Hormonal Gremlins

Today at my niece’s wedding shower, my cousin was sharing her frustration with her inability to shed some extra pounds. Since we are the same age, I shared with her what I know about weight gain in and around menopause, and how our hormones play a major role.

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Take for example, the hormonal gremlins, ghrelin and leptin. Ghrelin is known as the “appetite increaser” signaling that you are hungry, and it is time to eat. Leptin, on the other hand, is the appetite suppressor, which tells the brain it is time to stop eating.

Unfortunately, we find these hormones may become imbalanced in menopause, particularly with women who have been lifelong dieters, and the signals get mixed up, leaving us to feel hungrier, more times during the day, and not know when we are sated.

Some researchers believe the foods you eat affect the hormonal response. Let’s say you consume high-fat foods. This can hinder leptin sending out signals you have had enough. And so you continue to eat well past the point of needing any more food. The brain is not getting the signal and takes steps to hold onto more fat. And to add insult to injury, the brain has you expend less energy to conserve calories.

When your leptin is out of whack you need to boost it by eliminating sugar and other inflammatory foods. Eat more fatty fish, or take fish oil supplements, and eat less refined carbs. What this does is reduce the lipid levels and improve leptin sensitivity, which sends the signal that you are no longer hungry. Exercise also can increase leptin sensitivity so please make sure you start incorporating some movement into your daily routine.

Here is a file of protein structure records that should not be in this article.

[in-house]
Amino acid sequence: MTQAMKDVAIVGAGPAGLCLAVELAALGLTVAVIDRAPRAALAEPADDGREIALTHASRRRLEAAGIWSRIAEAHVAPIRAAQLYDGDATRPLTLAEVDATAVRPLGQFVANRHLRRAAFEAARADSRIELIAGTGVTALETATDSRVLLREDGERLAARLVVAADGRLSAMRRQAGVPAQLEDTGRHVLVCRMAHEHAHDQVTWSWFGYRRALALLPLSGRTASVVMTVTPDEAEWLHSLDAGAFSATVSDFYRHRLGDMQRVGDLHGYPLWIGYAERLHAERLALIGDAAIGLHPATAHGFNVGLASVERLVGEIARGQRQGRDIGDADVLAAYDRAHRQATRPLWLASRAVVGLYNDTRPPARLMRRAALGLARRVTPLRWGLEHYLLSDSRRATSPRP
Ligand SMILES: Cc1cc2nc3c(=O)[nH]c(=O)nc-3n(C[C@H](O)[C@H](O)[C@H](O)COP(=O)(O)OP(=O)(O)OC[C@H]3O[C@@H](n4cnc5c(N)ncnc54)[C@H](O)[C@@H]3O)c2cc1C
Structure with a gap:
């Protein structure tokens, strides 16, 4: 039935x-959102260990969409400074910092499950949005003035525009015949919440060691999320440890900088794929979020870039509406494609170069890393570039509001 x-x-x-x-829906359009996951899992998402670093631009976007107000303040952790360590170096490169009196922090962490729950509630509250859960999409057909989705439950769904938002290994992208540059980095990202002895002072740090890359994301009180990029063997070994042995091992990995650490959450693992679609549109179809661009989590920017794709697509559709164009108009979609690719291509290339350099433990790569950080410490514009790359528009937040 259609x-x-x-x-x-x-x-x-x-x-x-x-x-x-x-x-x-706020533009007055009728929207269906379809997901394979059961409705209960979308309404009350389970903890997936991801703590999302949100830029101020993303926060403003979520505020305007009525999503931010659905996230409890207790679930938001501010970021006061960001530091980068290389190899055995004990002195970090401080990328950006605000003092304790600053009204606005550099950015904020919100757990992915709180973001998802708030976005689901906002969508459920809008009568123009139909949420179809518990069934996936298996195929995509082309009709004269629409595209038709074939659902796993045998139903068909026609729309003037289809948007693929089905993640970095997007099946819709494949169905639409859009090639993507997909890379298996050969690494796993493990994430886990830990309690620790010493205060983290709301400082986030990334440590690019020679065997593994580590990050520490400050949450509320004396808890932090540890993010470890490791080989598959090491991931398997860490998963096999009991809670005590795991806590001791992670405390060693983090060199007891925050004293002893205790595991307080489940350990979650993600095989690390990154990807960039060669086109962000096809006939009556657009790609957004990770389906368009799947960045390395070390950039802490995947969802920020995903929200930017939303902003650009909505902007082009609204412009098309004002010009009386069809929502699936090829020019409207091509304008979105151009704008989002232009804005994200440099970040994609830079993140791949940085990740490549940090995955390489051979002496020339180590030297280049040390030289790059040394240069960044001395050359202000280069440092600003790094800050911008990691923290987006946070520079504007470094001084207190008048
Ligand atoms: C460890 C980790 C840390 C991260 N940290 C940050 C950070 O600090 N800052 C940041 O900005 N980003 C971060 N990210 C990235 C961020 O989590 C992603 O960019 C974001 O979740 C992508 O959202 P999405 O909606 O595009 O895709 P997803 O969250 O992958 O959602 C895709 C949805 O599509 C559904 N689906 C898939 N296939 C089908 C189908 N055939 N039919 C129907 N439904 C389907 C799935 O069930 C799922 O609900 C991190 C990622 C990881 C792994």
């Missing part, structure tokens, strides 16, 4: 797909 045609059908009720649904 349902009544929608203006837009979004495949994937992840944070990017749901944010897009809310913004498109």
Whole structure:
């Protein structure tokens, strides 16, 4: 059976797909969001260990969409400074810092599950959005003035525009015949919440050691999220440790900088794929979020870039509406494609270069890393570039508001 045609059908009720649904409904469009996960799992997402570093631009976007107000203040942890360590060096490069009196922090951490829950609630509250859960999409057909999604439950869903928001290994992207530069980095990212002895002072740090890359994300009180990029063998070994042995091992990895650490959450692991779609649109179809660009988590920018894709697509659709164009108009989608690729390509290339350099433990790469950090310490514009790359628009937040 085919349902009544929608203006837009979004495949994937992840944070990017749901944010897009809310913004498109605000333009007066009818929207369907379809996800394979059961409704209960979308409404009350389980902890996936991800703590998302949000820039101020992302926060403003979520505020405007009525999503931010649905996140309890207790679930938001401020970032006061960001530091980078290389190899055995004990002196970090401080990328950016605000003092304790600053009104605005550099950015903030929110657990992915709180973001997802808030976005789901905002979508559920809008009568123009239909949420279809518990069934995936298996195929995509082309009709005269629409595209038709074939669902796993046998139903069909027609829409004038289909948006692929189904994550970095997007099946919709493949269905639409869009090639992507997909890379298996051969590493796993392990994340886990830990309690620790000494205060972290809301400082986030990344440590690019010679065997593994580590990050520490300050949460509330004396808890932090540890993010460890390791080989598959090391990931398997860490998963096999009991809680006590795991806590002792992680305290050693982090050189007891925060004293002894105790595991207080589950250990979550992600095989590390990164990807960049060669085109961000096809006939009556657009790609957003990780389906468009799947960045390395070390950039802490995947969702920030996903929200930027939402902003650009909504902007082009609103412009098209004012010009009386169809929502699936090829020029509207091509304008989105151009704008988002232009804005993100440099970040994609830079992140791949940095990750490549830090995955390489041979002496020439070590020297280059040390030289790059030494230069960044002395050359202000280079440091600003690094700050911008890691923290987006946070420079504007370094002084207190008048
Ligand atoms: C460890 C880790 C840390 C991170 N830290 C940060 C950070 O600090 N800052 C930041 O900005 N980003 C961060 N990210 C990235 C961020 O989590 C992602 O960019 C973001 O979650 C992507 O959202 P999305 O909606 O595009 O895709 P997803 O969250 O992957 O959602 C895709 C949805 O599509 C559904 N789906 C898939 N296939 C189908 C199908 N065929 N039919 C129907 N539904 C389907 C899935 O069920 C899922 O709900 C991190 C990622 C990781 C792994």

If you are looking to further reduce your weight you may want to optimize your ghrelin levels, which rise right before a meal and when you are fasting. Ghrelin levels drop for around three hours after a meal however when this hunger hormone is not functioning properly, you may get hungry sooner. Obese or overweight women, may have an overactive ghrelin receptor, which causes more hunger pangs and results in taking in more calories.

How can you mitigate this? Eat whole grains and protein- rich food to suppress ghrelin and curb your appetite. Avoid sugary drinks and anything containing high-fructose corn syrup. Eating protein at every meal is so important to sending a strong signal to the hypothalamus telling you to stop eating. Protein at breakfast affects ghrelin levels and your appetite for the rest of the day, so make sure you have it to set you up for weight loss success.

Did you know that sleep also impacts these hunger hormones? Getting a good night’s sleep, with about 7-9 hours of uninterrupted sleep, helps your body regulate ghrelin and leptin accurately, to control appetite and prevent overeating. And it’s not long-term sleep disturbances that contribute to hormonal imbalance. Just two nights in a row of only four hours of sleep will impact these hormones so be mindful of getting regular sleep seven days a week.